Aid organisations expect that rising poverty figures will lead to a second straight year of a record number of people applying for Christmas aid (julehjælp).
Klaus Nørlem, the secretary general for Dansk Folkehjælp, said that he expects the 11,000 applications last year to increase by at least 20 percent this year.
“That’s what we’ve experienced in past years. It’s down to the general rise in poverty and the fact that more people are aware that they are able to apply,” Nørlem told Kristeligt-Dagblad newspaper.
Collecting at voting stations
During the local elections on Tuesday of last week, Dansk Folkehjælp took the opportunity to collect money from the voters who flocked to schools and libraries across the nation.
“We did it out of necessity, because we need to collect more money. The alternative is a smaller aid package for the individual family and that’s not something we want to see,” Nørlem said.
Other aid organisations, such as Frelsens Hær, Kirkens Korshær, Blå Kors and Mødrehjælpen, also expect more families in need this holiday season.
“We are already up at around 2,500 applicants, which is almost four times as high as at the same time last year,” Mads Roke Clausen, the head of Mødrehjælpen, a charity that helps mothers, told Kristeligt-Daglbad.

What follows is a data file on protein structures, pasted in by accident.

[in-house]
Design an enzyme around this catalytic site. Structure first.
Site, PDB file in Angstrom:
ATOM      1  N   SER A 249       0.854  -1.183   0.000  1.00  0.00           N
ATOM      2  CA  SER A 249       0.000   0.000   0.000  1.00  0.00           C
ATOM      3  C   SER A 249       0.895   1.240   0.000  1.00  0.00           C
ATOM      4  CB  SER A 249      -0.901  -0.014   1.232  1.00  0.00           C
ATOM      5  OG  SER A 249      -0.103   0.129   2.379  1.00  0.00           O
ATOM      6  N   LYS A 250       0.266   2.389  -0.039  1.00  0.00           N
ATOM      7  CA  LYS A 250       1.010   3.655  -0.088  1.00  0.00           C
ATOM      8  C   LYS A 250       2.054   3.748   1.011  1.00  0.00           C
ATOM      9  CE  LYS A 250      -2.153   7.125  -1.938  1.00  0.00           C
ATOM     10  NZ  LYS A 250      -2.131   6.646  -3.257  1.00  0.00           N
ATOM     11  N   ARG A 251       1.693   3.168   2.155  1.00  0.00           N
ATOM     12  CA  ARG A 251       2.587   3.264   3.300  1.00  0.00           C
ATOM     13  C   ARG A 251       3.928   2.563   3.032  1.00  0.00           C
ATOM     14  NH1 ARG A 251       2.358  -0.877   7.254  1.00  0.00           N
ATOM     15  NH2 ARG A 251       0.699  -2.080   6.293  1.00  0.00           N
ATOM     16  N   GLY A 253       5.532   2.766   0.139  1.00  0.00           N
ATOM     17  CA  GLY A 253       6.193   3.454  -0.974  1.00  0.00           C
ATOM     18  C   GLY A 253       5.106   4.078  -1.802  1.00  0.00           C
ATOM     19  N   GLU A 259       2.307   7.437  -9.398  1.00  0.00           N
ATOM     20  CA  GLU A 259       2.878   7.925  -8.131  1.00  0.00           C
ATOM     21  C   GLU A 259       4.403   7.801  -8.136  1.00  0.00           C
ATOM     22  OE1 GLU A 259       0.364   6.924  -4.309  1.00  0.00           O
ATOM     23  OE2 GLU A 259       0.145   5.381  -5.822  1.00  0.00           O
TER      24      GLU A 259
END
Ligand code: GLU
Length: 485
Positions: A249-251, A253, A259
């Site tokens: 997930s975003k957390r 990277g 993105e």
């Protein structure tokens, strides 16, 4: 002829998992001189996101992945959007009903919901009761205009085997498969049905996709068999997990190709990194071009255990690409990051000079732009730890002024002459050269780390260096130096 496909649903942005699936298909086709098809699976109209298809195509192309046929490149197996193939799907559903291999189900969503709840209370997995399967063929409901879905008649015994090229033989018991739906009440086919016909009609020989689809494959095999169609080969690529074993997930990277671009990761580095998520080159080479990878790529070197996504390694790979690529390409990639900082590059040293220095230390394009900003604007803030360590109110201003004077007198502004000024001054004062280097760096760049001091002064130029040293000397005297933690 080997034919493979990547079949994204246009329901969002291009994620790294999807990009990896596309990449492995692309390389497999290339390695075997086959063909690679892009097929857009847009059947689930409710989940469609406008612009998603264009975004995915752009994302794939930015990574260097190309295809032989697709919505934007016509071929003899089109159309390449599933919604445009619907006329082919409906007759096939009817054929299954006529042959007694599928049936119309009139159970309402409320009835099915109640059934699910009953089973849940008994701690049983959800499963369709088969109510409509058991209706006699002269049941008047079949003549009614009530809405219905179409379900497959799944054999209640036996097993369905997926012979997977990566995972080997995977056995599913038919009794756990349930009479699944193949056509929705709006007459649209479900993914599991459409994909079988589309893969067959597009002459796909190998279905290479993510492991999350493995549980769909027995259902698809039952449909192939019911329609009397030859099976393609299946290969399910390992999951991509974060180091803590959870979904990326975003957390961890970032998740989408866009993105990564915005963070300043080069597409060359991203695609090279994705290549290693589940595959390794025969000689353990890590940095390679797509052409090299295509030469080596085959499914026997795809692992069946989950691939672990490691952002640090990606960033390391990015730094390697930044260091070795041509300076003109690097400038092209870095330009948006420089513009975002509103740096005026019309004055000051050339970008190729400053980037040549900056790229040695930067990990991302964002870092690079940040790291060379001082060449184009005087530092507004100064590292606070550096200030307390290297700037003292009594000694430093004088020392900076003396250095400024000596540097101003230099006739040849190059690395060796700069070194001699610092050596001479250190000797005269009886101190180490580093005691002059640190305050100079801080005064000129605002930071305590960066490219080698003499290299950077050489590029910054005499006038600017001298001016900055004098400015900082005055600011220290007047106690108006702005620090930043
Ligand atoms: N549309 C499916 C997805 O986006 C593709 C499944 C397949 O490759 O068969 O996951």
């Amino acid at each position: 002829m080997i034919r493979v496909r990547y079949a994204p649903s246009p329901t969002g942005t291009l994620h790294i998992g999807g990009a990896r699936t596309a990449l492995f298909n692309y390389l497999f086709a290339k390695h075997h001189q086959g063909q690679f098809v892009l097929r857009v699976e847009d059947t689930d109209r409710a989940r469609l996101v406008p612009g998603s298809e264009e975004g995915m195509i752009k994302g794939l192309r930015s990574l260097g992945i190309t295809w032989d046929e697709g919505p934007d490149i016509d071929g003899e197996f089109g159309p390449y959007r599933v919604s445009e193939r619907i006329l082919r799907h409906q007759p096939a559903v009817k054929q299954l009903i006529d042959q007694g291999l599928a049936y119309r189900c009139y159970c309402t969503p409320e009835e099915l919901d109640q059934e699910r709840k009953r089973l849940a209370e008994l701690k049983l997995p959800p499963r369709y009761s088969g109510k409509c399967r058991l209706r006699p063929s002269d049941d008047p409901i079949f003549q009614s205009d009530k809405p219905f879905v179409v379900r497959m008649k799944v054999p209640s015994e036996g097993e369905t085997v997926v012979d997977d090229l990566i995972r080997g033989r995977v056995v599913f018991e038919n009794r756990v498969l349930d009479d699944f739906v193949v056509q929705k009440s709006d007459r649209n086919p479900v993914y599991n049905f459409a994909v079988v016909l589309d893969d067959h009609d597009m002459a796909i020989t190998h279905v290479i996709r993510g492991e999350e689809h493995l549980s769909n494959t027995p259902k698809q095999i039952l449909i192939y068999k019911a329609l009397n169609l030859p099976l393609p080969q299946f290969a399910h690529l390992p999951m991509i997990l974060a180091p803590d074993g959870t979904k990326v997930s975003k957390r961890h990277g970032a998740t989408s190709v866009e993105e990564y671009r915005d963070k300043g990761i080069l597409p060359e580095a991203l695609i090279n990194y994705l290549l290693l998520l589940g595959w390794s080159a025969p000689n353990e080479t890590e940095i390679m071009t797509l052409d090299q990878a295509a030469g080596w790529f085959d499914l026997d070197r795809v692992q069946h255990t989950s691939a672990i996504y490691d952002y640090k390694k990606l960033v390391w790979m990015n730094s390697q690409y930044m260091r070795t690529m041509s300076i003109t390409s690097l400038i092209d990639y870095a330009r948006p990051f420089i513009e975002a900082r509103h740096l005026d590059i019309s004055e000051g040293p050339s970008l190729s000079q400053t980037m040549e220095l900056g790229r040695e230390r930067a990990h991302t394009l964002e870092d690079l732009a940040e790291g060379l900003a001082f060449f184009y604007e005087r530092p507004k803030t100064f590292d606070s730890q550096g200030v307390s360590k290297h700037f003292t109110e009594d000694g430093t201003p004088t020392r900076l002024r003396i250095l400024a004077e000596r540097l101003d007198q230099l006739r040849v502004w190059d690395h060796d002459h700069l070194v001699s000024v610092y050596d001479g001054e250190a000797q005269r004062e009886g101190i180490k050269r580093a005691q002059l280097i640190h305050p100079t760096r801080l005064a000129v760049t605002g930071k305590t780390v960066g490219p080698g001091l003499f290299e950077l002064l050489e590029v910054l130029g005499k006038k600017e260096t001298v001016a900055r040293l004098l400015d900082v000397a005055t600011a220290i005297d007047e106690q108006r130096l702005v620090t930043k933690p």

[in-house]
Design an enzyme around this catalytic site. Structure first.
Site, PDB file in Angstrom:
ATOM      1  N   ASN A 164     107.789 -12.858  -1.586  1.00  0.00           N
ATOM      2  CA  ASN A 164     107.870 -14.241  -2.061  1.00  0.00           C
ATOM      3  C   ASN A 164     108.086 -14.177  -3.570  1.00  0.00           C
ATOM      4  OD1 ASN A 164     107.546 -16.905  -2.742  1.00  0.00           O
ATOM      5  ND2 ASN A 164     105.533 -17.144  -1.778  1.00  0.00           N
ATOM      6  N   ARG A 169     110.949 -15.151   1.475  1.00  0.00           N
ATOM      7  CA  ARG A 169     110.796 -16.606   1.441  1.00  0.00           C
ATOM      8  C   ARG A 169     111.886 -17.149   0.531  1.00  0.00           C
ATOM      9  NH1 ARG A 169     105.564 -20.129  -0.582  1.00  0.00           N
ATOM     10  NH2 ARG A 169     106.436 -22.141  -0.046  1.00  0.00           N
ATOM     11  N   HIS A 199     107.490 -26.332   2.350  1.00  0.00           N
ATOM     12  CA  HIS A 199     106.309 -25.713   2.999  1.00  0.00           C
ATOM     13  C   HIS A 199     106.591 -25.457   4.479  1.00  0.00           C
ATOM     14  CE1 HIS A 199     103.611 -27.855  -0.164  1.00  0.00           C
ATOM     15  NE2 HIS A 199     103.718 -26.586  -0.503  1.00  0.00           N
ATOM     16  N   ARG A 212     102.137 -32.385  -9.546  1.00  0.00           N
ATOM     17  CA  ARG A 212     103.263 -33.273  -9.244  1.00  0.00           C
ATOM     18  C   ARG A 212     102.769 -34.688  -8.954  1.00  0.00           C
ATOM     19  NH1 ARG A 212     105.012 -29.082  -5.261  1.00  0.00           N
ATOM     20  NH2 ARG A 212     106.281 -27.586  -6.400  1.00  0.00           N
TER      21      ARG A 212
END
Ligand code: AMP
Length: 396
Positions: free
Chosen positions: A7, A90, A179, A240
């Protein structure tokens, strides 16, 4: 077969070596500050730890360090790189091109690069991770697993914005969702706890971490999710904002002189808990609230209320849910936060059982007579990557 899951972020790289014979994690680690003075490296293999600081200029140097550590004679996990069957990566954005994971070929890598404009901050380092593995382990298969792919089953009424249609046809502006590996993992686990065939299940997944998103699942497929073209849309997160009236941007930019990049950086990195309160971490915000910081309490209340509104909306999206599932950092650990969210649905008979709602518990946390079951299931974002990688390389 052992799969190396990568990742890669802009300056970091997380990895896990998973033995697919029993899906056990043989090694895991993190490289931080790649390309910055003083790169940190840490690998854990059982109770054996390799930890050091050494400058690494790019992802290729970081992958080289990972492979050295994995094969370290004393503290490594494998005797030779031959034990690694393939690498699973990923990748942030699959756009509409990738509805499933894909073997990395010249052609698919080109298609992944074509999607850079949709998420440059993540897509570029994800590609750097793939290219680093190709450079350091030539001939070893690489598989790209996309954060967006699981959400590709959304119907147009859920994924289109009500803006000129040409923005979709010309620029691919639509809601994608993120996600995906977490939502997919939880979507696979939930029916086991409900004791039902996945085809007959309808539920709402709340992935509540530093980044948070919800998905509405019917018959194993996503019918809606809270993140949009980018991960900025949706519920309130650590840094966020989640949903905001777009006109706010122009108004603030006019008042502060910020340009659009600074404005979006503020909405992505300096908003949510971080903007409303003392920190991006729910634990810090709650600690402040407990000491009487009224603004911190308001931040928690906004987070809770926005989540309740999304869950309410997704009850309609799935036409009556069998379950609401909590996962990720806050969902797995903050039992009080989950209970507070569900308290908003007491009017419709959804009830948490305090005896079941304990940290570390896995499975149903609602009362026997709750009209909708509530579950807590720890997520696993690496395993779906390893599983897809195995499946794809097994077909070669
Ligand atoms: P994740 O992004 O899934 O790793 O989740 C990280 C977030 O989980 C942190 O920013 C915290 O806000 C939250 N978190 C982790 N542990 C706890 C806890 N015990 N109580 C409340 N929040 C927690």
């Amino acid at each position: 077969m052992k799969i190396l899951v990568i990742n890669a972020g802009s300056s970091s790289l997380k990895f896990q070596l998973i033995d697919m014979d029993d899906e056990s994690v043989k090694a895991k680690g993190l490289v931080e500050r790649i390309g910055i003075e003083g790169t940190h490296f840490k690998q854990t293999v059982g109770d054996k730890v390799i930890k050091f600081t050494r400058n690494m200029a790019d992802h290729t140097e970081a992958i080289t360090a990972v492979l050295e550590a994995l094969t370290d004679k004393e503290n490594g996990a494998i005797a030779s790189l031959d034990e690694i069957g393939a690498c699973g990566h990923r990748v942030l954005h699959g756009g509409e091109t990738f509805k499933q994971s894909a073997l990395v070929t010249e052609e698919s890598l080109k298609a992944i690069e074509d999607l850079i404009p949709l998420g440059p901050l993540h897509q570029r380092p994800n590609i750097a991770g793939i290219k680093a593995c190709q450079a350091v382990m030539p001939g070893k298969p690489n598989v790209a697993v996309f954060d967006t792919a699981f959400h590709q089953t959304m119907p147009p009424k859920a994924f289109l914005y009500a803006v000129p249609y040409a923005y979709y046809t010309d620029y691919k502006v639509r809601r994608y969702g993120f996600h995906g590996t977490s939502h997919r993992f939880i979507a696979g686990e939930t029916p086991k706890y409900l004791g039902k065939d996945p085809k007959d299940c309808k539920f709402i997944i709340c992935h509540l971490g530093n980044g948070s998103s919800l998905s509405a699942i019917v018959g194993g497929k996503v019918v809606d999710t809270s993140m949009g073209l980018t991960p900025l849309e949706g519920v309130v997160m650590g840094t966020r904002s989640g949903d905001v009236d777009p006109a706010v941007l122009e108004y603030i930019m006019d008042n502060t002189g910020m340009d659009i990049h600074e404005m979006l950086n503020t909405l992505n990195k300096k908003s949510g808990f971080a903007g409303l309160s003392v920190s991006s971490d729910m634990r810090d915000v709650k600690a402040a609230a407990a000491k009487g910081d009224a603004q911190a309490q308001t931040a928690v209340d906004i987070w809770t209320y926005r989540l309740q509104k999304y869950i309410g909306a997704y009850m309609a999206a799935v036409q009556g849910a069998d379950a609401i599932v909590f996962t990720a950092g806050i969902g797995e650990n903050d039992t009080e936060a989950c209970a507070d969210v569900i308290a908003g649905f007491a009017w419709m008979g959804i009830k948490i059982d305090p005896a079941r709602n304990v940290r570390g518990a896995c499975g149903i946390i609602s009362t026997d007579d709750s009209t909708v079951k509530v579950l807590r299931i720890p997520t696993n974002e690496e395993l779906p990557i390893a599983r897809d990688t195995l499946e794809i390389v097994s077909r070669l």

Coupons sold at supermarkets
Frelsens Hær, the Danish branch of The Salvation Army, has implemented a new concept in an effort to raise more aid funds. Instead of just setting up piggy banks where people can donate cash, the organisation is now selling coupons in supermarkets because an increasing number of Danes no longer carry cash with them.
Frelsens Hær is just over halfway through its application period for this Christmas and the 6,715 people who have applied through them thus far is almost equal to the total number of applicants just five years ago. The organisation expects that number to at least double before the end of the application period this year.
“More people are applying because the social services at the councils are recommending them to do so,” Lars Lydholm, the head of information at Frelsens Hær, told Kristeligt-Dagblad. "So you can say that the public sector has outsourced this task to us.”
The Danish Red Cross expects to assist 5,000 families this year, which is 1,000 more than last year and almost 3,000 more than in 2009.
A Christmas aid package usually consists of a gift card to a supermarket or a food basket with Christmas goods.